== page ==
mirrors, dressers, beds, mattresses, etc.
Call at 22 Ridgewood street, second floor.
MONEY WANTED Responsible party
would like to borrow $2,000 on good
real estate security at 5 per cent.
U V. Lend, Democrat office,
C if ice: Citizens Bank Building.
North Main Street.
Diseases of Eye.
T-8d p. m.
all day are bound to have sore backs
If you don't take good care of tuem.
Dr Hess's Gall Cure will cure the
worst sore and j'our horse can work
every day as usual. It being a powder,
dirt and dust will not adhere to it; 25c
a can aud only sold Here. . -
We have some choice HAY in large
and small bales; it is the nicest we
have had wis year.
Blatchford's Calf Meal -makes calves
grow like weeds, and is cheaper than
milk, f
The Plait
ill Go,
Best Quality Apron Ginghams, all checks, regnlar price 7c, to-night. . .60 yS
32-inch L-awns, Batistes and India Nainsooks, regular price 15c, to-itfjpht
- Tc ydj
32-inch White Persian Lawn (in remnants), regular price 15c, to-night 6c yd
White Lino Stripe and Fancy White Lawn, regular price l2c, special to
ntebt 4c yd
32-inch White Mercerized Walsting, regular 50c goods, special to-night
25c yd
Remnants of Dress Linen, only a few left, goods are worth 50c a. jwrd,
special to-night .'. .-e ydi
Extra Large and Heavy Hemmed Huck Towels, size 20k50, regular price
20c, special to-night ............ igc each
Leather Traveling Bags, various sizes, goods that gold up to $2.50, spe
cial to-night 980 eacfc
Tan Voiles. All Wool ChalMes, Pink Silk Warp Crepe de Chine goods
that have been sold at 59c, 75c and $1.00 per yard, special to-night 25c y
All Silk-Grenadine. 45 inches wide, 7-yard patterns, in navy and 'white,
regular price $1.50, special to-night is. . .V..f7..i 49cyiJ
;f III! JEWELRY i , ' 1
500 White Pearl Shirt Waist Sets, 3 pi eces, were 19c, 26c and 30c, special J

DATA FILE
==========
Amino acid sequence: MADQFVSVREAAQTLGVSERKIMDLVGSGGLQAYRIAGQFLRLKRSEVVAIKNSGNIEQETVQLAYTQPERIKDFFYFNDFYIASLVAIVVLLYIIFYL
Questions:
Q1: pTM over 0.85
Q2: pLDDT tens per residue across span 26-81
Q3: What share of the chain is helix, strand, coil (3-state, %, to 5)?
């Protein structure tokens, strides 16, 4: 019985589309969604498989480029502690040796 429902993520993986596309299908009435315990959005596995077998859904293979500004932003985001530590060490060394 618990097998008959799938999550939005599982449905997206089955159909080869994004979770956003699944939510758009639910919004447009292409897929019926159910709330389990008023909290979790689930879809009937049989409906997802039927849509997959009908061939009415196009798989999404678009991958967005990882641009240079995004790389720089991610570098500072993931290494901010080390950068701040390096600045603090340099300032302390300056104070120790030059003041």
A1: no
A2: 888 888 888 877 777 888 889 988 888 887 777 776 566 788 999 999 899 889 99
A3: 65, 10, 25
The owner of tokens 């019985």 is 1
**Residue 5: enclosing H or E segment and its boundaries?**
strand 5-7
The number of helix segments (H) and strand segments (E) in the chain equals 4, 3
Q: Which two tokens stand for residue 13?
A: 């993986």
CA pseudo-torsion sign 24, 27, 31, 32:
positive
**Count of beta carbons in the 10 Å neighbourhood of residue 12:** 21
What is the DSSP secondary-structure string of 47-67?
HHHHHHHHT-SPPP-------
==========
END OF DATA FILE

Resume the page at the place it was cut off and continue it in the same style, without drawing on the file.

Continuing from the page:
to-night J f 10c a, set
LOT 1 About 150 Waists of lawn, gingham and cheviot prices were
i trr ttQf Or ci Tirl t "I crwm r i -v -- - - -a -Ljsi -i j. ., s -v. cv 'M ffl
LOT 2 About 100 Fine Quality Waists; they are soiled and mussed;
gooas wonrn i.ou to $o.w, to-nignt . . f5e each
What we haveleft of Children's Lawn, Percale, Gingham and Pique I
Dresses, regular prices $1.49, $1.95 and $2.29, to-night , 95c each
On sale at 7:30 to-night. ,
. . . , . ---Jj
TWs is Ice Cream Weather
IggTrott Baking Co.
To Help You Fill
Your Stamp Book
Ladies' vici kid Oxfords, patent tip, light or heavy sole,
worth $1,50; for $1.25 and $6.00 worth of stamps.
Men's patent colt or box calf Oxfords, Mos. 1136 and
1082, worth $2.5rj; for $1.98 and $10 worth of
stamps. , J
Ladies' dongola lace patent tip, the Velvet for $1.25 and
$5.00 worth of stamps.
for women., $2 50.
10 dollars worth of stamps with ULTIMA OXFORDS, $3.00-
10 dollars worth of stamps with NELSON CUSTOM FIT
for men, high or low, $3.50.
Q oal Q rders Httencled tojeav3
i! cm at our office, n So MainS
Frank Miller & Co
Sard Gear Plume & Atwood'a,
. Uptown office with J. U, DTraa
O. 23 Bast Mats street.
Man to Run Moulding Machine
I -rn. I Inham Km
R 13 IN JVl A N
, Prof, Holley,
n imp io a vorv mitftij n wrii a n tmm
rn tii i niiKii 11:1 us si st tstjitf oy . m t
t ri'i i p Pivii s iLiiti liu inn ui m. Lis
klndg of pen work executed Ut the